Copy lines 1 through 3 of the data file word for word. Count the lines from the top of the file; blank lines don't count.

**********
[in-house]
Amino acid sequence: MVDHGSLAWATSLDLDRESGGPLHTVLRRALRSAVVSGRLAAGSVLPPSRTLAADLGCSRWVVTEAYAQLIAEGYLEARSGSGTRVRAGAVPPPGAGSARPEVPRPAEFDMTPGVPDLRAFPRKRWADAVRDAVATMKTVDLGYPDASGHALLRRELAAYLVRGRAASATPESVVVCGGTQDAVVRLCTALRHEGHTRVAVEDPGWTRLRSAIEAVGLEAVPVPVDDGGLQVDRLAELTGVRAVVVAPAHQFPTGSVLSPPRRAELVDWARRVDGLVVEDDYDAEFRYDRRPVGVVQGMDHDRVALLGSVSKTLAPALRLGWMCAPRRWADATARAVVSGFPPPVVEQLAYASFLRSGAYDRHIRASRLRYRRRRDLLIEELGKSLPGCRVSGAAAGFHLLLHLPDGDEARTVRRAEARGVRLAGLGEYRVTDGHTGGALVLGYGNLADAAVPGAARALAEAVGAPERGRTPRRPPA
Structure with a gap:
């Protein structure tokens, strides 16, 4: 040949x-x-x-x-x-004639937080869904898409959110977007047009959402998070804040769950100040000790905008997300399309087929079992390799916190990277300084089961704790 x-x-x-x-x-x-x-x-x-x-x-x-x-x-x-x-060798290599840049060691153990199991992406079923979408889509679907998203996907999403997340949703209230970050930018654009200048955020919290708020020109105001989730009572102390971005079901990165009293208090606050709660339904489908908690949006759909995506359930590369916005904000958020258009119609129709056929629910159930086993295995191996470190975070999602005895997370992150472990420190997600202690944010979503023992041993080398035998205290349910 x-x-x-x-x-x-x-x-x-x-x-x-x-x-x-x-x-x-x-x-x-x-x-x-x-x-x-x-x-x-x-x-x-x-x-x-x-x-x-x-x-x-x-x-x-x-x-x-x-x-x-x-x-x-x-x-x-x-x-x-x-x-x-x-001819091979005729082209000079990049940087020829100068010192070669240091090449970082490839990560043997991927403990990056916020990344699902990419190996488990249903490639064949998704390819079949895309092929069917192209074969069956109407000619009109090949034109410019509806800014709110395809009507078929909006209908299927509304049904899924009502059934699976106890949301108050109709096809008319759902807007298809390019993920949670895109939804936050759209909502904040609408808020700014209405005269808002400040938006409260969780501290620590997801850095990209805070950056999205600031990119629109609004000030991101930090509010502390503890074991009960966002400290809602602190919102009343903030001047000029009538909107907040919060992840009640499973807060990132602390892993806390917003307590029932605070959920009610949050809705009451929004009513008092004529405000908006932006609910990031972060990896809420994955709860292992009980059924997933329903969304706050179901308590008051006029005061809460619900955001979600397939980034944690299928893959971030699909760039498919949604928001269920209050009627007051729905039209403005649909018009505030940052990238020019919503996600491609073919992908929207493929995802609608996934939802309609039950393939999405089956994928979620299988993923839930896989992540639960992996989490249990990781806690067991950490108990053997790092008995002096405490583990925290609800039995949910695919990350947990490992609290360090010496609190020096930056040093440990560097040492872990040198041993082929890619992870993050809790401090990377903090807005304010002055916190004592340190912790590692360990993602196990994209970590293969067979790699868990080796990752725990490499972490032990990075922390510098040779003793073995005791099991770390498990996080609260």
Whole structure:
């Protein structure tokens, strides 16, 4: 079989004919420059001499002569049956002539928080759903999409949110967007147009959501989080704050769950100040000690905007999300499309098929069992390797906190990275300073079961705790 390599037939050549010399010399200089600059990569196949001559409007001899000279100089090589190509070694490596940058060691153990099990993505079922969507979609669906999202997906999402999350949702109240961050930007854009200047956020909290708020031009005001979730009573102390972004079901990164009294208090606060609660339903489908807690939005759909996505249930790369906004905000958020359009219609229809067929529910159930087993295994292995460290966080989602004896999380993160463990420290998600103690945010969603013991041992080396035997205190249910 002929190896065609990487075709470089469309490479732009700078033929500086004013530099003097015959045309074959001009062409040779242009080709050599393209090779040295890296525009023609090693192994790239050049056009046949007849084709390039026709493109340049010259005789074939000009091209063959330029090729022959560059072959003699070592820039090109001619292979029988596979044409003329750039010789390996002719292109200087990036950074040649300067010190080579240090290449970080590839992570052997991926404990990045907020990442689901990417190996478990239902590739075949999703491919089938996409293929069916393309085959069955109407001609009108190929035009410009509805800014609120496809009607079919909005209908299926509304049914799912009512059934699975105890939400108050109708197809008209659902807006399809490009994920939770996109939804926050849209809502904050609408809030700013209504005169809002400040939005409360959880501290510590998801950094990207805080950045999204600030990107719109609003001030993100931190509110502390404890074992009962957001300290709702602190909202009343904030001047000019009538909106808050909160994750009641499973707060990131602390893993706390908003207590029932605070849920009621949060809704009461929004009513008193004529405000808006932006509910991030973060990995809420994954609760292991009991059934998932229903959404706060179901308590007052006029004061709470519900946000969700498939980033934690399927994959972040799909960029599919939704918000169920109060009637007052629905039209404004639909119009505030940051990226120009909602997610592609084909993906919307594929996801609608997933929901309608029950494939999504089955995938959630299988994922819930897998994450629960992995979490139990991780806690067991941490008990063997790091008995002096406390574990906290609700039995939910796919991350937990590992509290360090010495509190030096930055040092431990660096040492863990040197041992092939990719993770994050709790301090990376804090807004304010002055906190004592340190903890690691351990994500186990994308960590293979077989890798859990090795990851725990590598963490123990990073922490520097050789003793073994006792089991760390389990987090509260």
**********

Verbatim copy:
[in-house]
Amino acid sequence: MVDHGSLAWATSLDLDRESGGPLHTVLRRALRSAVVSGRLAAGSVLPPSRTLAADLGCSRWVVTEAYAQLIAEGYLEARSGSGTRVRAGAVPPPGAGSARPEVPRPAEFDMTPGVPDLRAFPRKRWADAVRDAVATMKTVDLGYPDASGHALLRRELAAYLVRGRAASATPESVVVCGGTQDAVVRLCTALRHEGHTRVAVEDPGWTRLRSAIEAVGLEAVPVPVDDGGLQVDRLAELTGVRAVVVAPAHQFPTGSVLSPPRRAELVDWARRVDGLVVEDDYDAEFRYDRRPVGVVQGMDHDRVALLGSVSKTLAPALRLGWMCAPRRWADATARAVVSGFPPPVVEQLAYASFLRSGAYDRHIRASRLRYRRRRDLLIEELGKSLPGCRVSGAAAGFHLLLHLPDGDEARTVRRAEARGVRLAGLGEYRVTDGHTGGALVLGYGNLADAAVPGAARALAEAVGAPERGRTPRRPPA
Structure with a gap: